A conference on the future of energy, including how to correct energy mistakes made due to Hurricane Sandy, was held in the city this week. NY1's Adam Balkin filed the following report.
How will everyone, from you to businesses to entire cities to entire countries, get greener and more efficient with its energy use, and what are some of the technologies that'll help get us there? Those are the kinds of issues up for discussion at the seventh Advanced Energy Conference.
"We drill down into the technologies that are being developed at universities and advanced energy research centers, and we drill down into all of the deployment, job creation, and all of the, eventually, rolling down to the consumer things that'll benefit us on a daily basis for energy savings," says Jim Smith, organizer from Stony Brook University. "Vehicles that are more efficient, lighting systems more efficient, buildings that are more efficient."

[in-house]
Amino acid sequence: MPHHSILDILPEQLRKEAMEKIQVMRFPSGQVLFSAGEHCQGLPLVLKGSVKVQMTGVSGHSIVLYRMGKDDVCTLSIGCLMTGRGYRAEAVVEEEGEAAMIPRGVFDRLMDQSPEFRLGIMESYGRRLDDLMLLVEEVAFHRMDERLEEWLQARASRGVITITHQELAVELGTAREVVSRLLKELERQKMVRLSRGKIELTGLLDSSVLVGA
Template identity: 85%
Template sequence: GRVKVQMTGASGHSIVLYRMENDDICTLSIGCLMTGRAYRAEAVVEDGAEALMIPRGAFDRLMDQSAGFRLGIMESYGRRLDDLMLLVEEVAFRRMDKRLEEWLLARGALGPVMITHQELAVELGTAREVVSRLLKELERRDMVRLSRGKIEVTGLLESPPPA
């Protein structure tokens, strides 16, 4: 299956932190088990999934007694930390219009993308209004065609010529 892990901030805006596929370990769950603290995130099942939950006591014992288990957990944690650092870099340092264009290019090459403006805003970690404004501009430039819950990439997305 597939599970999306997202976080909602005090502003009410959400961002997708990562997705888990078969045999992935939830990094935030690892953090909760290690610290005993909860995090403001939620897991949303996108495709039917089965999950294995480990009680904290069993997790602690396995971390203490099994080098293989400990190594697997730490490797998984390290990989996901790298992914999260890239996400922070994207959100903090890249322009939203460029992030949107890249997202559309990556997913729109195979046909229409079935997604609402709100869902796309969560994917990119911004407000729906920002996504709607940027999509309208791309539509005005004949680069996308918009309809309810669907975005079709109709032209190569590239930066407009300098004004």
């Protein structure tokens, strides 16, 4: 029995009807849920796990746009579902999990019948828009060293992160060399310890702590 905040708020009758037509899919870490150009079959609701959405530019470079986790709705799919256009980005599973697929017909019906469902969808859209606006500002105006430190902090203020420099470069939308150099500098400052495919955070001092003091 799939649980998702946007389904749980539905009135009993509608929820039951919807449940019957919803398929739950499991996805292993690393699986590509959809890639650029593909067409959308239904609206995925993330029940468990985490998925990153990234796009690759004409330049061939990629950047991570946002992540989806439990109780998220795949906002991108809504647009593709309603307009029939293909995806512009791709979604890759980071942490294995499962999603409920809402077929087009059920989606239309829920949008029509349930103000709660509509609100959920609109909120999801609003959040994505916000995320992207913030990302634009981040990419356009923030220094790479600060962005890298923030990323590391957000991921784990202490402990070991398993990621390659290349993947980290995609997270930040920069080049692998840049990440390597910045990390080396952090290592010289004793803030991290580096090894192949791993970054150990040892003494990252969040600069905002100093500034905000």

Part of making buildings, like your home, more efficient is making it more convenient for you to make modifications through technologies like solar rooftop shingles.
"Not only is it a solar panel, but as well, it is the waterproofing shingle of the roof system, so it's all in one," says Richard Ciota of Division 7, Inc. "So instead of putting on a new roof and then putting on a solar panel, you're installing the shingle, which is the solar panel, all in one."
As smart energy grids become more prevalent, utility companies will send out time-infused pricing signals, messages to the electronics in your home, or systems like one from Jasmine that help control the electronics in your home to tell them when pricing is peaking.
"The software will then be able to cycle back certain appliances, and then also turn certain appliances off based on price signals it'll receive from the utility," says Mohan Wanchoo of Jasmine Systems, Inc.
The conference was actually was supposed to happen about six months ago, but it got postponed. The reason it got postponed was one of the big talking points at the conference: Hurricane Sandy
"We have special tracks, dedicated, working with local utilities, on how to harden our grid, make it smart, have more resilience so the grid can actually self-repair itself," Smith says.
Leading to, in theory, a day with fewer power outages and shorter power outages.